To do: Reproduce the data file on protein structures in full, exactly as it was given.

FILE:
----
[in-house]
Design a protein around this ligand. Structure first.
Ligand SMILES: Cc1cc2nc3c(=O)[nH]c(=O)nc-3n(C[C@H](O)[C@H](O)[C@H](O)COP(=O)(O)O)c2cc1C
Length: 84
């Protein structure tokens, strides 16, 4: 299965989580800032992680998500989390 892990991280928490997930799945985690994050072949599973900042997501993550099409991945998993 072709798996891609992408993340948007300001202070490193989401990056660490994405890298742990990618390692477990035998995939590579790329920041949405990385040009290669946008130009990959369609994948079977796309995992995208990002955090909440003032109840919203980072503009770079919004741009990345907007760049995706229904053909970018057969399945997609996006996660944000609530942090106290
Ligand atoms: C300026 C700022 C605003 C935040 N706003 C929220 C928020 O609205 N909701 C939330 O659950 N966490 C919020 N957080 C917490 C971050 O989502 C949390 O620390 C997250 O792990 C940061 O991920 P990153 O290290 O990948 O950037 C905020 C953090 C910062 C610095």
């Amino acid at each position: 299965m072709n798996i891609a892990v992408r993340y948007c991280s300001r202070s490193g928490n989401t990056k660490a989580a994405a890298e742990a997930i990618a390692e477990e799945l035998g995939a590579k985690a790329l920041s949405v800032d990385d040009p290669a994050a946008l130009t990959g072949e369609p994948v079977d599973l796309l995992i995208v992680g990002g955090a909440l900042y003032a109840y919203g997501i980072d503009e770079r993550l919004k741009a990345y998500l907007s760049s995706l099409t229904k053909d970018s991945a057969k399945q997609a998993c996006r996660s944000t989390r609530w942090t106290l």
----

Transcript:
[in-house]
Design a protein around this ligand. Structure first.
Ligand SMILES: Cc1cc2nc3c(=O)[nH]c(=O)nc-3n(C[C@H](O)[C@H](O)[C@H](O)COP(=O)(O)O)c2cc1C
Length: 84
């Protein structure tokens, strides 16, 4: 299965989580800032992680998500989390 892990991280928490997930799945985690994050072949599973900042997501993550099409991945998993 072709798996891609992408993340948007300001202070490193989401990056660490994405890298742990990618390692477990035998995939590579790329920041949405990385040009290669946008130009990959369609994948079977796309995992995208990002955090909440003032109840919203980072503009770079919004741009990345907007760049995706229904053909970018057969399945997609996006996660944000609530942090106290
Ligand atoms: C300026 C700022 C605003 C935040 N706003 C929220 C928020 O609205 N909701 C939330 O659950 N966490 C919020 N957080 C917490 C971050 O989502 C949390 O620390 C997250 O792990 C940061 O991920 P990153 O290290 O990948 O950037 C905020 C953090 C910062 C610095």
């Amino acid at each position: 299965m072709n798996i891609a892990v992408r993340y948007c991280s300001r202070s490193g928490n989401t990056k660490a989580a994405a890298e742990a997930i990618a390692e477990e799945l035998g995939a590579k985690a790329l920041s949405v800032d990385d040009p290669a994050a946008l130009t990959g072949e369609p994948v079977d599973l796309l995992i995208v992680g990002g955090a909440l900042y003032a109840y919203g997501i980072d503009e770079r993550l919004k741009a990345y998500l907007s760049s995706l099409t229904k053909d970018s991945a057969k399945q997609a998993c996006r996660s944000t989390r609530w942090t106290l």